A friend confided recently that pursuant to a severely broken leg, her mate even had to lift her on and off the toilet. Now that puts intimacy to a real test. How does one do this recovery sans live-in partners?
I am truly grateful for (1) my rollator, which I’ve deemed my Cadillac for providing a small degree of independence, (2) my friends who have provided food, (3) the fact this is “minor” surgery and the recovery period has a time limit, and (4) my workout training has ensured my core muscles and triceps are somewhat in working order.
The pain pills are just the best. They really create the illusion all is right with the world. As much as Jim likes to hear how appreciative I am, he reminds me it is the fifteenth time I’ve told him how wonderful he is. (I don’t think he believes me! I guess in my non-drug induced state, I’m not as nice). I’m giving up on the hydrocodone, however. As fun as it is, I want to come back to real life.
Stiches will be out soon. Hopefully those little electrical zaps in the bottom of my foot will be gone for good. Maybe that means I won’t walk in such a bow-legged manner, which has impacted my knees. This aging thing is tough!
I was drafted (although I prefer the word “invited” since it signifies a privilege rather than an obligation) to be a childminder (British for babysitter) for my grandchildren who live in the Chicago area. My son and his wife, psychologists, were sans babysitter and their schedules were chock-full with clients following their Florida beach getaway.
I was bound and determined this week would be full of adventures for our threesome (Maya- 3½, Rusty 1½, and me- 65). Day one found us at the Chicago Botanical Gardens. The gardens were brimming with stunning flowers with names such as the Plum Fantasy Rose and the tiny daylily, dubbed the “Countess Carrot”. A garden devoted to butterflies occupied the majority of our time. I really came to understand the origin of “butterfly kisses” as these delicate creatures flitted about brushing cheeks and hair.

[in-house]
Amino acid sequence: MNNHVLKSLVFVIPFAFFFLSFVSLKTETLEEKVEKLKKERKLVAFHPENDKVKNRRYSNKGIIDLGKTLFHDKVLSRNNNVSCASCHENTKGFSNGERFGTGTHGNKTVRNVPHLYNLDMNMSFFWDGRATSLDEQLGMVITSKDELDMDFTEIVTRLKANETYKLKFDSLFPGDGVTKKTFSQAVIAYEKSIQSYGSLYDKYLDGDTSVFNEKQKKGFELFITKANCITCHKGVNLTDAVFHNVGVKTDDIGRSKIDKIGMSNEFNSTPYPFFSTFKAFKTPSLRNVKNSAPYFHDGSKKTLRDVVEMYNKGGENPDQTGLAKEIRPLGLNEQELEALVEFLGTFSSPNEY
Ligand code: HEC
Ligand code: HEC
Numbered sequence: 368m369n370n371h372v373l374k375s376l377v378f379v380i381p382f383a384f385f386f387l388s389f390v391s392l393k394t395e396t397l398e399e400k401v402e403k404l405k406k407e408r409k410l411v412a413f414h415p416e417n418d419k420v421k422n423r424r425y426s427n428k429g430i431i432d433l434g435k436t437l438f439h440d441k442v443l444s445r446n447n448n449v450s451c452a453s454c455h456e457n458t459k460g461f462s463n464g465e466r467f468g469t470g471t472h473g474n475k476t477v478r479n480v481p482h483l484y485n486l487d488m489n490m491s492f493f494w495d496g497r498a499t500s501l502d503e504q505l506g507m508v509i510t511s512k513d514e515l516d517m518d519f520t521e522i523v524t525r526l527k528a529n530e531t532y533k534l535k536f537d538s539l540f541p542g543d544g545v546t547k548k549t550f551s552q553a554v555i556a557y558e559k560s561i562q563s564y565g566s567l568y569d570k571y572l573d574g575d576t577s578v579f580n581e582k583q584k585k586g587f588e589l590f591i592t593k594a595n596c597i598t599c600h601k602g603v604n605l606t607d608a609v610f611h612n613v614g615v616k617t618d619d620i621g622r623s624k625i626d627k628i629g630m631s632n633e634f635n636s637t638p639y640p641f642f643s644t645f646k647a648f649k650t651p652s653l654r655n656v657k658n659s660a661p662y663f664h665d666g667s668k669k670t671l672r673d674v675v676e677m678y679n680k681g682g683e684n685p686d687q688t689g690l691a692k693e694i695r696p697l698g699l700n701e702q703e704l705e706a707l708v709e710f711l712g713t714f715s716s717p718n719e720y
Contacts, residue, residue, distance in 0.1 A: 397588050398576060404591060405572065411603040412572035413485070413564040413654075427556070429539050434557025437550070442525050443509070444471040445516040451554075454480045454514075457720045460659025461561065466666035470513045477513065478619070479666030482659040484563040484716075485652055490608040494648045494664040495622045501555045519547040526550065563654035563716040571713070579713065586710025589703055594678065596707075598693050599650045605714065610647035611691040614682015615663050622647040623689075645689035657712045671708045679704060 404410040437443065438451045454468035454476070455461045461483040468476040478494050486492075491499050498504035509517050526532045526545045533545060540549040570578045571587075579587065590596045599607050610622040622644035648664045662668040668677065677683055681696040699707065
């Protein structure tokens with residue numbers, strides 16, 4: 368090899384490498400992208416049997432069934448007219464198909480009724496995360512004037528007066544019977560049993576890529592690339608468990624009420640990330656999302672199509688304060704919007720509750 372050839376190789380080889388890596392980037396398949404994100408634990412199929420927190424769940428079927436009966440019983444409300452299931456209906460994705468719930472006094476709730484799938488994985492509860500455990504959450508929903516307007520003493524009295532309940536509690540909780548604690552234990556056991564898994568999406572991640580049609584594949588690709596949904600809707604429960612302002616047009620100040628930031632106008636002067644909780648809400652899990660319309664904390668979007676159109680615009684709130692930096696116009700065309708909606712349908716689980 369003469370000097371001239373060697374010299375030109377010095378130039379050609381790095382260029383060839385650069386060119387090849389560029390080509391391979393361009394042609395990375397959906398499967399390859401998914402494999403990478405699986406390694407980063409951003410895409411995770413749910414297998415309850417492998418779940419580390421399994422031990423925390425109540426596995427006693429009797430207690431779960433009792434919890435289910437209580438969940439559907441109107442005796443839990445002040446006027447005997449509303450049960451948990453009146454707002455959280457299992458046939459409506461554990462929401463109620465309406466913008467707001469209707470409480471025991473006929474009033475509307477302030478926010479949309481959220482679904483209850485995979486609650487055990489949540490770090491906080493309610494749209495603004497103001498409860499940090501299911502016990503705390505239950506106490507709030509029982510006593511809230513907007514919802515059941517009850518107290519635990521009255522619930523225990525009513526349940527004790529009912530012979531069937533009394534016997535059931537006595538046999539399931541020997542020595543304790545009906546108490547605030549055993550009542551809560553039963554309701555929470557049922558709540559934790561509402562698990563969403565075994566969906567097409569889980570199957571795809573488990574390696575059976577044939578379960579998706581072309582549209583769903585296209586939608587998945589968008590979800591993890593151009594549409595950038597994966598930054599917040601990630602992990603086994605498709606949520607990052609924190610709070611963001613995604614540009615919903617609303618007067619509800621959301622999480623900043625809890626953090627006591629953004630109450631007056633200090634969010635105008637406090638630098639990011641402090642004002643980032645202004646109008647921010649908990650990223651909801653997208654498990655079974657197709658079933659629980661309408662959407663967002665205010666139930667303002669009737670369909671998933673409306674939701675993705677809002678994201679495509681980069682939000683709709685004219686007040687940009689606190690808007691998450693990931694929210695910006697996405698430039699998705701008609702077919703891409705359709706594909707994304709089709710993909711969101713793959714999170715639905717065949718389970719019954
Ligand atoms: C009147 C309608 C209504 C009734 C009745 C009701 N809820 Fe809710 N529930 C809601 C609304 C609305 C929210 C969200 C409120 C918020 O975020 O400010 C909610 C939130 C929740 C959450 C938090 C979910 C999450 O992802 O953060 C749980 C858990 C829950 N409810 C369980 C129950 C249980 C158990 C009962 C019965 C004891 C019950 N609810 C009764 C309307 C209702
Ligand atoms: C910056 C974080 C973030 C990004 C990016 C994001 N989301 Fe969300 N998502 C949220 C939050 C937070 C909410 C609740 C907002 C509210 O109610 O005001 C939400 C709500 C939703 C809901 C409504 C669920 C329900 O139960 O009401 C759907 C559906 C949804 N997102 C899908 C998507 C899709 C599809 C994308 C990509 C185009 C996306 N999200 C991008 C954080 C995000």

A model railroad featuring miniature trains running on 1,600 feet of tracks through handcrafted vignettes of American scenes and icons took up the remainder of our time. I took the long way home down beautiful Sheridan Road flanked by gracious mansions allowing sleepy children to take postponed naps.
Day two found us at the Lincoln Park Zoo trying mightily to awaken sleeping lions and Howler monkeys napping during the noon-day sun. A flamingo painted on a little girl’s face followed seeing the real thing in the Waterfowl lagoon.
Then there were the exotic birds, one giraffe and two zebras. AND best of all– a cherry Italian ice that found more of itself on Maya’s dress than on her tongue.
4:30 found me pushing a stroller and negotiating our exit with a very determined and sticky three year old. We were one hot, tired, cranky bunch by the time we reached our car. I should have known when the remote would not open the doors we were in trouble. And yes, of course, the car would not start. Panic engulfed my solar plexus as one child restlessly ran after geese in the adjacent park and the other struggled to extract himself from the stroller.
The parents, in the middle of sessions were virtually unreachable. Triple A was two hours away and by that time my little ones were bound and determined to chase the water fowl down to the lake. HELP! Uber I need you! My female knight in shining armor arrived in her red Dodge Durango.
“I’ll buy you anything you want at Target if you stay put and watch Ruie” I pleaded with my granddaughter. Have you ever hoisted a car seat in recent history?! They weigh at least 25 pounds, are quite cumbersome, and disengaging them takes an engineering degree (as does reinstalling them). Millennial parents are total freaks about car seat safety so I felt incredible pressure to make sure they were bolted securely in the Durango. Fortunately my KISA (Knight in Shining armor) had experience with car seats. Although she would not allow the pound of whole wheat goldfish embedded in the car seat to enter her back seat ).
One hour later (because the Uber driver went south, not north, embroiling us in 5:00pm Chicago traffic) we arrived home. And of course, both children were sound asleep. Again, the panic. How do I lift my sleeping 45 pound granddaughter, her 25 pound brother, and two car seats out? Fortunately my KISA came to my rescue yet again, following me to the front porch with car seats in tow.
Needless to say I gave my savior a five star rating. And, as promised, Target treats for good behavior followed the next day.